As to Dr. Nineberg's addition in the third report that he prescribed Lamictal in his practice, it is harmless, even assuming it was untimely. Nineberg's second report made clear that he is a practicing psychiatrist and included descriptions of Lamictal and its potential side effects as well as his opinions on whether the doctors' prescription of Lamictal breached the standard of care because it could create an increased risk of a serious rash. This report put the doctors and the Health Care Authority on notice that Nineberg would be speaking to a psychiatrist's considerations when prescribing Lamictal. In other words, the report provided sufficient information for any defendant to ask Nineberg about his familiarity with Lamictal either from his own practice or reading the literature.

2. General and Specific Causation: Lamictal and SJS

Each of the three healthcare defendants argues that there is no scientific proof that Lamictal causes SJS and TEN in general or caused these diseases in this particular case. McBride, however, has presented enough expert testimony to create a genuine dispute of material fact.

The healthcare defendants first argue that Lamictal is only one of several possible causes of McBride's SJS and TEN rather than the probable cause. See Lyons v. Vaughan Reg'l Med. Ctr., LLC, 23 So. 3d 23, 28 (Ala. 2009) ("To present a jury question, the plaintiff [in a medical-malpractice action] must adduce some evidence indicating that the alleged negligence ... probably caused the injury. A mere possibility is insufficient.") (emphasis in original) (internal quotation marks omitted). In particular, they point to the drug Flagyl, an infection or virus, or idiopathic causes as possible alternatives. Although the healthcare defendants' expert echoed this sentiment, McBride's experts gave clear testimony that Lamictal probably caused her SJS and TEN. Indeed, when confronted with other possible causes, both Drs. Nineberg and Auerbach did not hesitate but rather stated that Lamictal was the probable cause. Although they could not completely rule out another cause, just as they could not completely rule out the sun would not rise tomorrow, they did state that Lamictal probably caused McBride's injury. That is all the legal standard requires. The disagreement between the experts establishes a genuine dispute of material fact on this issue.

The healthcare defendants next contend that there is no scientific study showing that a higher initial dosage of Lamictal causes SJS or TEN. The court's earlier Daubert opinion covers this issue at length, so it will not be covered in full here. See McBride v. Houston Cnty. Health Care Auth., 2015 WL 3648995. The basic two points are that (i) double-blind scientific testing on humans is not required where such testing would be unethical and (ii) McBride's two experts and numerous articles linking her higher initial dosages of Lamictal to SJS and TEN, in lieu of such a study, is enough to raise a genuine dispute of material fact as to whether the higher starting dosage of Lamictal probably caused her SJS and TEN.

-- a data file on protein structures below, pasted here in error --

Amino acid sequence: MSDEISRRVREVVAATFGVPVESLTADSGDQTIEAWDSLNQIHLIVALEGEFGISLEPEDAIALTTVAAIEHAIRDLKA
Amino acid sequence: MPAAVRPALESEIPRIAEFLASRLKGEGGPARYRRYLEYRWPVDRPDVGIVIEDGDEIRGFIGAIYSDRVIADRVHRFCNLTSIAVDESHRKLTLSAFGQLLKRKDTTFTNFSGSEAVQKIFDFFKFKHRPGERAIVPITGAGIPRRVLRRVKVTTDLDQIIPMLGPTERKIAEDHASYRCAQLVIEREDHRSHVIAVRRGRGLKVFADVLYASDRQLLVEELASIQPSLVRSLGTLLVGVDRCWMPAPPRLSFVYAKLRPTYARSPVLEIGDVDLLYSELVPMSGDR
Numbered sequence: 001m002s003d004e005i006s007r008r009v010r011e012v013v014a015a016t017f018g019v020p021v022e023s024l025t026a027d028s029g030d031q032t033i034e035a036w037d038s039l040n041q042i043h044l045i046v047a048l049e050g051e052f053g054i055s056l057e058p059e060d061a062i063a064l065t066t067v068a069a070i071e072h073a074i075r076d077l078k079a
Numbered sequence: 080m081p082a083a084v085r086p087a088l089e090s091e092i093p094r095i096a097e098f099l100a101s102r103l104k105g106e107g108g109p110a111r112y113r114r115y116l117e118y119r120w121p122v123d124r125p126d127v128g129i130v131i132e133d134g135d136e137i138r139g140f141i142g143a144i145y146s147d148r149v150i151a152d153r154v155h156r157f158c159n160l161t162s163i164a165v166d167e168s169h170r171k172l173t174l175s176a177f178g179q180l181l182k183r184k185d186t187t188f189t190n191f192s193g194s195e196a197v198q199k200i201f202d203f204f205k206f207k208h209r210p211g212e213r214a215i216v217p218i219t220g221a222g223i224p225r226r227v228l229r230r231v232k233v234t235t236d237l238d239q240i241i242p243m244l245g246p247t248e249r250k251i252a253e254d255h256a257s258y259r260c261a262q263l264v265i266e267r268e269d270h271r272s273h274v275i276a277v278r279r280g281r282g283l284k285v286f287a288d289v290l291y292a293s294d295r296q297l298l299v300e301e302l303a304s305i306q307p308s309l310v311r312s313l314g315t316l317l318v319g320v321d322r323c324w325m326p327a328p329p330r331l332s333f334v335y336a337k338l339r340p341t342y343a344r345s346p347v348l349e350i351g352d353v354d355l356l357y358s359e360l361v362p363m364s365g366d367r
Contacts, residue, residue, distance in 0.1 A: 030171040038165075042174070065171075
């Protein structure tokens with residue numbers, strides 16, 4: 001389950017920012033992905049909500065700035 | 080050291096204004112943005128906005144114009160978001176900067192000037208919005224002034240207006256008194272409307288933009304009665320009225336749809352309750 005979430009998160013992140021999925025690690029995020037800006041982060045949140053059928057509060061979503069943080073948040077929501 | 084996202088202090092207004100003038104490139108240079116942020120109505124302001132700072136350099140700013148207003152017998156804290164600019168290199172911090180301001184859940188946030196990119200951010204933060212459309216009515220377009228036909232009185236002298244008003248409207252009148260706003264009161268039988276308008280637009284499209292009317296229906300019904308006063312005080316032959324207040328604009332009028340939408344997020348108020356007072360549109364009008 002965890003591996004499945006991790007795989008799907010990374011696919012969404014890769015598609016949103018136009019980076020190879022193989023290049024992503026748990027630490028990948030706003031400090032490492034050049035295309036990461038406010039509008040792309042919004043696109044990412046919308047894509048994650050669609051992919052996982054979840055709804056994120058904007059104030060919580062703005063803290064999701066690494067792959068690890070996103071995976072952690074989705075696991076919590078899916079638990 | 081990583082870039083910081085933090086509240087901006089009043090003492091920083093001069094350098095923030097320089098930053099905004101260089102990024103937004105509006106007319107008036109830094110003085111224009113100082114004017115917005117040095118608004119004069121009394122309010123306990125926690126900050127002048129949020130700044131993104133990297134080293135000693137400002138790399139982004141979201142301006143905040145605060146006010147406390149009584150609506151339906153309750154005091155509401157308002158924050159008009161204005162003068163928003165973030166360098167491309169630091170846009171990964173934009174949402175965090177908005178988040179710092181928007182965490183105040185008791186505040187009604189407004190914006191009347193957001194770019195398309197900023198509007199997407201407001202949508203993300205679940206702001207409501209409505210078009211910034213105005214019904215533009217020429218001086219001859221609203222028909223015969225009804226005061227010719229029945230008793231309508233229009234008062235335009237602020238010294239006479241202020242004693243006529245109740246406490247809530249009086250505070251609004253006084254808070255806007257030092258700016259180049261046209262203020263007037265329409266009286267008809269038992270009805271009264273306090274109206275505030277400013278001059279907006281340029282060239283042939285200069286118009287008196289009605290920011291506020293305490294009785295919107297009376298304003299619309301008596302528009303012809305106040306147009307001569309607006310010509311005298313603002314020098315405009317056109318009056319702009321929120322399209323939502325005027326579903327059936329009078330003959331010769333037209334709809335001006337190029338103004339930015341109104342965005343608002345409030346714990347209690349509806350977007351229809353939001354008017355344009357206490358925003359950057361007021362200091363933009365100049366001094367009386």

In sum, with their argument on causation, the healthcare defendants obfuscate a relatively simple issue. McBride took a dosage of Lamictal that several experts and several studies say causes SJS and TEN. Although another drug or another environmental factor might cause SJS or TEN in the absence of this high starting dosage, it is the most likely explanation here. The main question for the jury will be whether one or more of the healthcare defendants' negligence caused McBride's disease or whether it was a tragic situation in spite of the these defendants' best efforts. The court now turns to that question.

3. Evaluation of Each Healthcare Defendant

Each healthcare defendant argues that he, or it, did not violate the standard of care, and, even if he, or it, did, those actions did not probably cause McBride to develop SJS and TEN.

a. Defendant Karumanchi

McBride argues that defendant Karumanchi violated the standard of care by (i) failing to obtain informed consent to administer Lamictal at all and to administer it at a higher than recommended dosage; (ii) failing to warn McBride about the risks of Lamictal; (iii) prescribing medications at too high a dose and/or too frequently; (iv) failing to give instructions to the jail on how to care for her; (v) failing to obtain a complete history of McBride's previous medical treatment and medications; and (vi) discharging her to the jail even though it was known the jail was inadequately staffed and trained to care for McBride. Karumanchi objects to each theory, arguing that he did not violate the standard of care and that any alleged violation did not cause McBride's medical condition. The court finds that there is a genuine dispute of material fact as to the first four theories (failure to obtain informed consent; failure to warn; administering too high a dosage; and failing to give the jail instruction) but grants summary judgment in favor defendant Karumanchi as to the last two theories. It will first discuss McBride's theories on how Karumanchi breached the standard of care and then turn to causation.

i. Informed Consent

As McBride points out in supplemental briefing, the Alabama Supreme Court has considered informed-consent claims in the context of prescribing medication. See Nolen v. Peterson, 544 So. 2d 863 (1989) (holding that involuntary commitment to a mental institution does not ipso facto bar a patient from raising an informed-consent claim about taking potentially harmful antipsychotic medications).